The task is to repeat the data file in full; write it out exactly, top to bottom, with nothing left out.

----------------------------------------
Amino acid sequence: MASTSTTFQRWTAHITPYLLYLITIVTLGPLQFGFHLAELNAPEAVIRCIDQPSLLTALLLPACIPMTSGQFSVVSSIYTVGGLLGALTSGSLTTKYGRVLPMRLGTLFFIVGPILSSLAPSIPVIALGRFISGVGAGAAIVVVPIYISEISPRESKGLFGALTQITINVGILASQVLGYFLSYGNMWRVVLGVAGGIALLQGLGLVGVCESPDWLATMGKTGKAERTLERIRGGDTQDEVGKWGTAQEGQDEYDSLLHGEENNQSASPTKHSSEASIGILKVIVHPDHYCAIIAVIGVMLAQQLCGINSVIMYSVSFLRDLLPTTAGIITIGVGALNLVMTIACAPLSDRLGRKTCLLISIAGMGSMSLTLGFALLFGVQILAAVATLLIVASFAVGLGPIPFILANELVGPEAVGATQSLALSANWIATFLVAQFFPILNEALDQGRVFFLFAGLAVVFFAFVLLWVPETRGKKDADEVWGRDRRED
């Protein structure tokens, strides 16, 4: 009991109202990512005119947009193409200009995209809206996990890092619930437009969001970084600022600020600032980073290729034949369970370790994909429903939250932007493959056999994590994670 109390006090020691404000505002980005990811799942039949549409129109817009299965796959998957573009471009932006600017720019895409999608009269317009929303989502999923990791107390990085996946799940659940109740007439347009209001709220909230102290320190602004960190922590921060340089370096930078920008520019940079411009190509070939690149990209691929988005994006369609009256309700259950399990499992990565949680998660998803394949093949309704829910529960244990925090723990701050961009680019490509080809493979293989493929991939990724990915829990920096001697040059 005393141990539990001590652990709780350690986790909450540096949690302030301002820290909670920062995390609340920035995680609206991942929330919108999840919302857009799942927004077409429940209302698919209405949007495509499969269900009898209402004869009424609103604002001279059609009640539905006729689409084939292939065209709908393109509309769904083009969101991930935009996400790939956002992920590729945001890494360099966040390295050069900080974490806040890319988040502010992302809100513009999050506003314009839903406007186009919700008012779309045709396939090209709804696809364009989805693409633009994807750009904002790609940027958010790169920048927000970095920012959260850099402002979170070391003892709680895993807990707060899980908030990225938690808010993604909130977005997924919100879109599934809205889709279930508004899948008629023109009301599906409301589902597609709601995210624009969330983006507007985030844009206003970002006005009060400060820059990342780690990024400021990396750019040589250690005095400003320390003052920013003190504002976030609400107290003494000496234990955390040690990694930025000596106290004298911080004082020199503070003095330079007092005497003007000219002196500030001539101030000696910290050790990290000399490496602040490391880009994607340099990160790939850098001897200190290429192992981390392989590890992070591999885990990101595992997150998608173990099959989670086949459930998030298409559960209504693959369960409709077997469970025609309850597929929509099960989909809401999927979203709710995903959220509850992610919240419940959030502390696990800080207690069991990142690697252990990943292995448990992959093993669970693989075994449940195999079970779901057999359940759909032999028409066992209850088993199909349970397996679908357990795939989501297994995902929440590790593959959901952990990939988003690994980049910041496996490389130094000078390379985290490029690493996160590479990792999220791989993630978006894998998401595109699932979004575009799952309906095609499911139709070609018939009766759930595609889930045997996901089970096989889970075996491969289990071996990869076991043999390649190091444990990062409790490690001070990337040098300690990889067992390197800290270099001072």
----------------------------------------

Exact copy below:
Amino acid sequence: MASTSTTFQRWTAHITPYLLYLITIVTLGPLQFGFHLAELNAPEAVIRCIDQPSLLTALLLPACIPMTSGQFSVVSSIYTVGGLLGALTSGSLTTKYGRVLPMRLGTLFFIVGPILSSLAPSIPVIALGRFISGVGAGAAIVVVPIYISEISPRESKGLFGALTQITINVGILASQVLGYFLSYGNMWRVVLGVAGGIALLQGLGLVGVCESPDWLATMGKTGKAERTLERIRGGDTQDEVGKWGTAQEGQDEYDSLLHGEENNQSASPTKHSSEASIGILKVIVHPDHYCAIIAVIGVMLAQQLCGINSVIMYSVSFLRDLLPTTAGIITIGVGALNLVMTIACAPLSDRLGRKTCLLISIAGMGSMSLTLGFALLFGVQILAAVATLLIVASFAVGLGPIPFILANELVGPEAVGATQSLALSANWIATFLVAQFFPILNEALDQGRVFFLFAGLAVVFFAFVLLWVPETRGKKDADEVWGRDRRED
């Protein structure tokens, strides 16, 4: 009991109202990512005119947009193409200009995209809206996990890092619930437009969001970084600022600020600032980073290729034949369970370790994909429903939250932007493959056999994590994670 109390006090020691404000505002980005990811799942039949549409129109817009299965796959998957573009471009932006600017720019895409999608009269317009929303989502999923990791107390990085996946799940659940109740007439347009209001709220909230102290320190602004960190922590921060340089370096930078920008520019940079411009190509070939690149990209691929988005994006369609009256309700259950399990499992990565949680998660998803394949093949309704829910529960244990925090723990701050961009680019490509080809493979293989493929991939990724990915829990920096001697040059 005393141990539990001590652990709780350690986790909450540096949690302030301002820290909670920062995390609340920035995680609206991942929330919108999840919302857009799942927004077409429940209302698919209405949007495509499969269900009898209402004869009424609103604002001279059609009640539905006729689409084939292939065209709908393109509309769904083009969101991930935009996400790939956002992920590729945001890494360099966040390295050069900080974490806040890319988040502010992302809100513009999050506003314009839903406007186009919700008012779309045709396939090209709804696809364009989805693409633009994807750009904002790609940027958010790169920048927000970095920012959260850099402002979170070391003892709680895993807990707060899980908030990225938690808010993604909130977005997924919100879109599934809205889709279930508004899948008629023109009301599906409301589902597609709601995210624009969330983006507007985030844009206003970002006005009060400060820059990342780690990024400021990396750019040589250690005095400003320390003052920013003190504002976030609400107290003494000496234990955390040690990694930025000596106290004298911080004082020199503070003095330079007092005497003007000219002196500030001539101030000696910290050790990290000399490496602040490391880009994607340099990160790939850098001897200190290429192992981390392989590890992070591999885990990101595992997150998608173990099959989670086949459930998030298409559960209504693959369960409709077997469970025609309850597929929509099960989909809401999927979203709710995903959220509850992610919240419940959030502390696990800080207690069991990142690697252990990943292995448990992959093993669970693989075994449940195999079970779901057999359940759909032999028409066992209850088993199909349970397996679908357990795939989501297994995902929440590790593959959901952990990939988003690994980049910041496996490389130094000078390379985290490029690493996160590479990792999220791989993630978006894998998401595109699932979004575009799952309906095609499911139709070609018939009766759930595609889930045997996901089970096989889970075996491969289990071996990869076991043999390649190091444990990062409790490690001070990337040098300690990889067992390197800290270099001072």